The winter air was still, icy. More silent than usual. The only sound; my boots crunching in the snow. Then I heard it. A scratching, a dry leaf rattle. I looked, and there on the white ground a red tailed squirrel, head in the snow, feet frantically scratching the brown leaves under the snow. It pulled out an acorn and ran up the dry limbs of a bush.
There, hunched over against the cold and with its tail wrapped, shawl like, over its back and looking like a mohawk on top of its head, it peeled the nut, dropping shells onto the snow. It worked its magic till finally it nourished itself on the nut.
When winter comes in our souls, we sometimes need to dig deep to find nourishment. When the icy wind of disappointment or betrayal freezes our hearts, we find it hard to get under the soul’s hardened ground to something that would nourish our hope. Fear piles up like snow over the heart’s vulnerable membrane and we can’t find courage to move forward.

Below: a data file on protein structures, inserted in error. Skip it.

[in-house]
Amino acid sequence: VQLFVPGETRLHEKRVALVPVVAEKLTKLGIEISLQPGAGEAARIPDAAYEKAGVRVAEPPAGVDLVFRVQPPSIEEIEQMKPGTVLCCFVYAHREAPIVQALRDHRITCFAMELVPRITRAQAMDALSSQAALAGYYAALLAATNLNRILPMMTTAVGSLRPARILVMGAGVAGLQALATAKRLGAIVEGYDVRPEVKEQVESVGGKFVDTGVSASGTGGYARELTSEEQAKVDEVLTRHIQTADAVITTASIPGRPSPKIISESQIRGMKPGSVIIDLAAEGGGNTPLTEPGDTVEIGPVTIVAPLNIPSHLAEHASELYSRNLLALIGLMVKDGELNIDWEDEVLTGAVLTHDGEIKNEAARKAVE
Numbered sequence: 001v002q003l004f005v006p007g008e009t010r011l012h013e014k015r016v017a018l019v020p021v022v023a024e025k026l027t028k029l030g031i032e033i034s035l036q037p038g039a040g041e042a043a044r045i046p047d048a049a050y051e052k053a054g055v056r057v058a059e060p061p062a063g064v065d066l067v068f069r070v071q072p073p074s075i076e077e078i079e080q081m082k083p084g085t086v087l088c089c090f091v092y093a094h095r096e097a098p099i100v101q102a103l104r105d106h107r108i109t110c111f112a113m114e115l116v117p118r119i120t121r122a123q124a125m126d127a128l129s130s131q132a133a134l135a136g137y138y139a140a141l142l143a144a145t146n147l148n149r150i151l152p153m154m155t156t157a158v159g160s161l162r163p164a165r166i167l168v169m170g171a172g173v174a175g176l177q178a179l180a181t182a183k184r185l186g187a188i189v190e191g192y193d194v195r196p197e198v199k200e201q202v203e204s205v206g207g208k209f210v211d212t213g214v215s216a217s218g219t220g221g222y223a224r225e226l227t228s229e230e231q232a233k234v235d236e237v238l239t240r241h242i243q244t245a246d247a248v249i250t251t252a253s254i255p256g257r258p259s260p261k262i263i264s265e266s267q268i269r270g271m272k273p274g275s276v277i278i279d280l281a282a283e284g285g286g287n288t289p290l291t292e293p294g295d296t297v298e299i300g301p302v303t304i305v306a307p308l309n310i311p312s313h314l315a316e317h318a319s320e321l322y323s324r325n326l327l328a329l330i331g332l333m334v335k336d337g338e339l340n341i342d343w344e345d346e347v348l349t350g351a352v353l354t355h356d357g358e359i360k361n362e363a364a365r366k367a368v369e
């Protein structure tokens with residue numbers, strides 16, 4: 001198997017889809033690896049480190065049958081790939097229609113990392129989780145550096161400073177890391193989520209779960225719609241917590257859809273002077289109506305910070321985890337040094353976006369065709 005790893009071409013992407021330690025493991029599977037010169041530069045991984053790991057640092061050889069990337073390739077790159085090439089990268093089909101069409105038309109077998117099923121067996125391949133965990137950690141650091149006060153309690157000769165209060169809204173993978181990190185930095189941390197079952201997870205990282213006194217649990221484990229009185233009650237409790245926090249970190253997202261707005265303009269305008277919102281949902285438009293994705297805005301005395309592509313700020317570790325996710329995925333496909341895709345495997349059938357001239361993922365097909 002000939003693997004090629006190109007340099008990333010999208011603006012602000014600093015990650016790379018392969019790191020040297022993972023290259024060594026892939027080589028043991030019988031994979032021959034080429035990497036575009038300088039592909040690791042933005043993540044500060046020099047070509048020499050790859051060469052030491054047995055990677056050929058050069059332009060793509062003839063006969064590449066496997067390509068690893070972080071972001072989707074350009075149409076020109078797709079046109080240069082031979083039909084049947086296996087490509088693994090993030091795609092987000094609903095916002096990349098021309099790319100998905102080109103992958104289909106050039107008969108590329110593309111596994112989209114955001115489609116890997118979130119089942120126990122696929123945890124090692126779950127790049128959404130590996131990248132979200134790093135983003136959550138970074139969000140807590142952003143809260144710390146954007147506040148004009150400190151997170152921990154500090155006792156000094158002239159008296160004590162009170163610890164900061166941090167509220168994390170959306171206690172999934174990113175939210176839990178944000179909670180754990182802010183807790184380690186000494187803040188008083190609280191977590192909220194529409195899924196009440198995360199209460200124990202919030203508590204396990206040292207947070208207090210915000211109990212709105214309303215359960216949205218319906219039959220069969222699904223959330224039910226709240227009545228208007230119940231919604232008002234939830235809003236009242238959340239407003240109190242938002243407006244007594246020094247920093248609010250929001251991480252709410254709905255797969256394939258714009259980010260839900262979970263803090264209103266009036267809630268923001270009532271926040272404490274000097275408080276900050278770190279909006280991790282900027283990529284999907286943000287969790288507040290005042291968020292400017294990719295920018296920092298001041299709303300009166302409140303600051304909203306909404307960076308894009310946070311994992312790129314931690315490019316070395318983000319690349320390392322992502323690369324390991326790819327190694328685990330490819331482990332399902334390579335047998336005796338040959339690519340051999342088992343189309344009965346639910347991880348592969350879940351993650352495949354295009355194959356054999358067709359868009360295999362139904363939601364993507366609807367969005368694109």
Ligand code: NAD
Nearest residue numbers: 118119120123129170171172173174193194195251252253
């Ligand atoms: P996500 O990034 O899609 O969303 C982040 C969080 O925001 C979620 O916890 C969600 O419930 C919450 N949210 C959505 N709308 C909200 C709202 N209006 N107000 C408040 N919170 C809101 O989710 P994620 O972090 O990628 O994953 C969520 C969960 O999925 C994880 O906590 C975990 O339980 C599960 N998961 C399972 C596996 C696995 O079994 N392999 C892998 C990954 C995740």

So, we have dig deep. We know life will wither in the winter if we do not dig through the cold and find the food that is hiding under the dead leaves of fall. The ground of our being harbors life in its dark and frozen soil. There are tastes of light, whispers of hope, scents of love. They may be small and hard-shelled, but when we take time to look, when we take time to unwrap them, they will give is enough to get through till the thaw comes.